|• Total||3.68 km2 (1.42 sq mi)|
|• Density||770/km2 (2,000/sq mi)|
Knyszyn [ˈknɨʂɨn] is a town in north-eastern Poland, 26 kilometres (16 miles) northwest of Białystok. It is situated in the Podlaskie Voivodeship (since 1999), and was formerly in the Białystok Voivodeship (1975-1998).
A part of Podlaskie, it belonged for many centuries to the Grand Duchy of Lithuania. It was the property of Court Marshall of Lithuania Michael Glinski until confiscated and passed to the Grand Chancellor of Lithuania Mikołaj Radziwiłł in 1507. In 1569 it was annexed by the Polish crown. In 1795 it was annexed to Prussia; in 1806 it was annexed to Russia, and in 1919 it returned to Poland.
From 1939-1941 the Soviet Union controlled the area, and afterwards the German Nazis took control after expelling the Soviets from Poland, breaking the pact that the Germans and Soviets had signed.
Knyszyn had a Jewish population of nearly 2000 until the Nazis invaded the area, after which most of Knyszyn's Jews were killed.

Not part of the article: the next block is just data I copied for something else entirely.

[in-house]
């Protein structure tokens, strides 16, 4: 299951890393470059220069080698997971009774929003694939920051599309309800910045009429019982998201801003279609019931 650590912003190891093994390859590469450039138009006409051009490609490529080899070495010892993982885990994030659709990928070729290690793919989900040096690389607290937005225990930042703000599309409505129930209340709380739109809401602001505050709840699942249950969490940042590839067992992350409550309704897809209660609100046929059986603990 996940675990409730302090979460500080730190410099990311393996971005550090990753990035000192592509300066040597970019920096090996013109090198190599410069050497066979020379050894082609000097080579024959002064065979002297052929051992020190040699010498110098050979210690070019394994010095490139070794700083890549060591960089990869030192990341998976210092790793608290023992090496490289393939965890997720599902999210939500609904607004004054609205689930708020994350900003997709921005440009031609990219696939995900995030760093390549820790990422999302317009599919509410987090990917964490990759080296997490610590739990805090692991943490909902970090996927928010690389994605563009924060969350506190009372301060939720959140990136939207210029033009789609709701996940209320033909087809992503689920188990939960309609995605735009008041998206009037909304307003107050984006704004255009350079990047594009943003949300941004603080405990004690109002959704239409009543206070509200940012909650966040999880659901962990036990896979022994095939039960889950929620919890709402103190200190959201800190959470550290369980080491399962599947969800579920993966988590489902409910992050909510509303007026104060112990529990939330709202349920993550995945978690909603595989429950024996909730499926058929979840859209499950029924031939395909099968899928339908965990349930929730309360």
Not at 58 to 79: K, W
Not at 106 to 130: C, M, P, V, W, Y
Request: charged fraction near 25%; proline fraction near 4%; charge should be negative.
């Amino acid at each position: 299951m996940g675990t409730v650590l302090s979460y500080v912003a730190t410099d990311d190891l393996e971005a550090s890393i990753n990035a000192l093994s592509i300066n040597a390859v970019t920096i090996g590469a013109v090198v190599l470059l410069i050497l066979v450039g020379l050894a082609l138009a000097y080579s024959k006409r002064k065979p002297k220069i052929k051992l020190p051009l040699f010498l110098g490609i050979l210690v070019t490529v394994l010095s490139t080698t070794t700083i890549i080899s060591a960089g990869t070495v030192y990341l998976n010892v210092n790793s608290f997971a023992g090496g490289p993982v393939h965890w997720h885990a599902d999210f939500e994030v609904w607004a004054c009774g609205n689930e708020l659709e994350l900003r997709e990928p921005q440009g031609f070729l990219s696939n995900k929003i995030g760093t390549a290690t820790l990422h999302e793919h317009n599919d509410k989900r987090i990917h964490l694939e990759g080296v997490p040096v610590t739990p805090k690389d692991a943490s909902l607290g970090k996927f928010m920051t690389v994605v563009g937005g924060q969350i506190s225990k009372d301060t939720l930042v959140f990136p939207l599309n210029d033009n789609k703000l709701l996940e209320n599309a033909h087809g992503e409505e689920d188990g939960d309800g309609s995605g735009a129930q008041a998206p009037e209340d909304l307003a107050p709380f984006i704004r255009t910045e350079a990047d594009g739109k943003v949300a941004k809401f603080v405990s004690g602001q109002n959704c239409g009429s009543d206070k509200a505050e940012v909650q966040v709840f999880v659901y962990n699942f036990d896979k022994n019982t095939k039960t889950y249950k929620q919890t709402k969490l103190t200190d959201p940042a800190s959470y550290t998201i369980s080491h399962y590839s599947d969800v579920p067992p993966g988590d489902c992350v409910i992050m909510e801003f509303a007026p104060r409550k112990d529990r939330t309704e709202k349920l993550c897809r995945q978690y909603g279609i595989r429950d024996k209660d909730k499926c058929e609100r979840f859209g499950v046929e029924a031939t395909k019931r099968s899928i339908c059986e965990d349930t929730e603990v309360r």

The royal stud at Knyszyn
Knyszyn was the favorite residence of King Sigismund II of Poland, and was the Polish court's main base for hunting expeditions into the nearby virgin forests. In the 1560s the king maintained a royal stud of over 3000 horses in Knyszyn, including large numbers of Arabian horses, among the first to be bred in northern Europe. Sigismund II died in the town in 1572, after which the royal property rapidly fell into neglect.
Few signs of the former royal residence and extensive studs remain aside from foundations, which are poorly marked.
- Tomasz Wisniewski. Jews in Knyszyn. Translated by Stephanie Ellis. Access date: 2011-07-21.
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